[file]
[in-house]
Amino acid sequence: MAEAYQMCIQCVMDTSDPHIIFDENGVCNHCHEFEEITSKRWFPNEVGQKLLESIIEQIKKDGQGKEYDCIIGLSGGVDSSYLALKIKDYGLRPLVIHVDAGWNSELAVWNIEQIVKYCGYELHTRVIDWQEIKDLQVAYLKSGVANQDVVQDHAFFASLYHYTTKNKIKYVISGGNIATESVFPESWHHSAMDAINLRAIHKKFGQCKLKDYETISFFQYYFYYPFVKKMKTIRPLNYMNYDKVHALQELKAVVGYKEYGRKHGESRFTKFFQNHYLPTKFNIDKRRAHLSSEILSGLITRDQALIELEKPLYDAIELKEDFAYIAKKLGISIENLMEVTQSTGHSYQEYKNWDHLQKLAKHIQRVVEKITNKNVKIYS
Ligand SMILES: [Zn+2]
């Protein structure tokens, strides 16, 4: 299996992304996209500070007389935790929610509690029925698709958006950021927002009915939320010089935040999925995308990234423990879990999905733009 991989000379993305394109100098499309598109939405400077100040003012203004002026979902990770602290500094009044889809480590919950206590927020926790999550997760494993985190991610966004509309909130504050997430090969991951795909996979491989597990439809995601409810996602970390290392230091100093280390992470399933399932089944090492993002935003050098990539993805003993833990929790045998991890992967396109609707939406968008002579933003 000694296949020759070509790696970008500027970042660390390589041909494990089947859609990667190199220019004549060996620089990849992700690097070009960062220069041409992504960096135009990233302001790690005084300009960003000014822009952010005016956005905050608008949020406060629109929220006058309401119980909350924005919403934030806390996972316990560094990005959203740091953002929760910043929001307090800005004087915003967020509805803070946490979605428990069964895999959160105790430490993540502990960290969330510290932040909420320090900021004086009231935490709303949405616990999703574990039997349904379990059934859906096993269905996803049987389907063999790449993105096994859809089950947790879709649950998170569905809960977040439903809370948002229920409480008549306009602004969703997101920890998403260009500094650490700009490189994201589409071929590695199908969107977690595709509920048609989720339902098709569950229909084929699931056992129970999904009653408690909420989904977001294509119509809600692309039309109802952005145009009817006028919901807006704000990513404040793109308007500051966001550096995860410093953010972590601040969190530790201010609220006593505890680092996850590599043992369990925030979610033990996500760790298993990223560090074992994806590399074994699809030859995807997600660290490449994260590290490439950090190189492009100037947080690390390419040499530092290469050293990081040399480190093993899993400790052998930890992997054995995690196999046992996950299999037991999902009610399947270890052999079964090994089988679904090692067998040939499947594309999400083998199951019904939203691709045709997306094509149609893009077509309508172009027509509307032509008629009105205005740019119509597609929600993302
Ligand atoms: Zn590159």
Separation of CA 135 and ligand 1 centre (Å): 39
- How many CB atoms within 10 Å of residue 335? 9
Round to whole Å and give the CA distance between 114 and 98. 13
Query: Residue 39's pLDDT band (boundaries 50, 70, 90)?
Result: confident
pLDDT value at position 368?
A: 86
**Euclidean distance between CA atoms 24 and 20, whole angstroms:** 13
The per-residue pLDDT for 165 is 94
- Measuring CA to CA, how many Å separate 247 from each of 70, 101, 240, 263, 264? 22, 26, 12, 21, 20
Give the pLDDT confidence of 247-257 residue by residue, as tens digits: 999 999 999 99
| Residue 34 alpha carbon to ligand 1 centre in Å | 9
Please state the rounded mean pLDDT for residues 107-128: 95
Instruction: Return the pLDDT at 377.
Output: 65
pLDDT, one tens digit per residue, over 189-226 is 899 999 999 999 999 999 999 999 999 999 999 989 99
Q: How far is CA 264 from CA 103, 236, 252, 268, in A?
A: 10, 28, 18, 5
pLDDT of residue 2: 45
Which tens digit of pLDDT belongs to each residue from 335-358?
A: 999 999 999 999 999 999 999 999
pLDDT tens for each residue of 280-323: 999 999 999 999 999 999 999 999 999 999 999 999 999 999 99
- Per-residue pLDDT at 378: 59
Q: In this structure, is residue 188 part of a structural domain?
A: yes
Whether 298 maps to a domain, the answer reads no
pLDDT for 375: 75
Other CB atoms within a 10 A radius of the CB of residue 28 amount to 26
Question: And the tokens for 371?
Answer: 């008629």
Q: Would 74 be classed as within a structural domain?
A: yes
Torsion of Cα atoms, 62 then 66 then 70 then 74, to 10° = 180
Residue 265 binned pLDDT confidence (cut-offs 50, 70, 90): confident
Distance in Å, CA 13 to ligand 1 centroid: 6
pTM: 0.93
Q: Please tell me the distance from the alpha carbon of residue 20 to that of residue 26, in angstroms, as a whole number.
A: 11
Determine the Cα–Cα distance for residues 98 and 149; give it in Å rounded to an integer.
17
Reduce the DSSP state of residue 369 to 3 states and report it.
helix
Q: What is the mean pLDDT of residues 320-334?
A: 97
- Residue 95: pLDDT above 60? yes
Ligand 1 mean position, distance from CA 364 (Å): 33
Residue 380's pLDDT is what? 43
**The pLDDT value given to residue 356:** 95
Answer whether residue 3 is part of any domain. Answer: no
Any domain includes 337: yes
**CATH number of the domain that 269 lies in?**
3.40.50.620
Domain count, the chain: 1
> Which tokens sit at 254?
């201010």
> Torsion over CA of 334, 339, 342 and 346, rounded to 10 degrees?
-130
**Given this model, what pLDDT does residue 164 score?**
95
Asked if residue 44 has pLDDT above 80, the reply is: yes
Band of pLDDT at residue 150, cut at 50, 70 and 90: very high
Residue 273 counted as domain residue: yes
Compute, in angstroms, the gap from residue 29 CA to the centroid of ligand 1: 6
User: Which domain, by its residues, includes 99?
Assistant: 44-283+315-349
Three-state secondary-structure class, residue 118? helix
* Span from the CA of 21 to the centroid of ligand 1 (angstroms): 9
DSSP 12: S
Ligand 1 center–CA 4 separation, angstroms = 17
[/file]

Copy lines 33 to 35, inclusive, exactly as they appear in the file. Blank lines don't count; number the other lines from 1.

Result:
Other CB atoms within a 10 A radius of the CB of residue 28 amount to 26
Question: And the tokens for 371?
Answer: 């008629």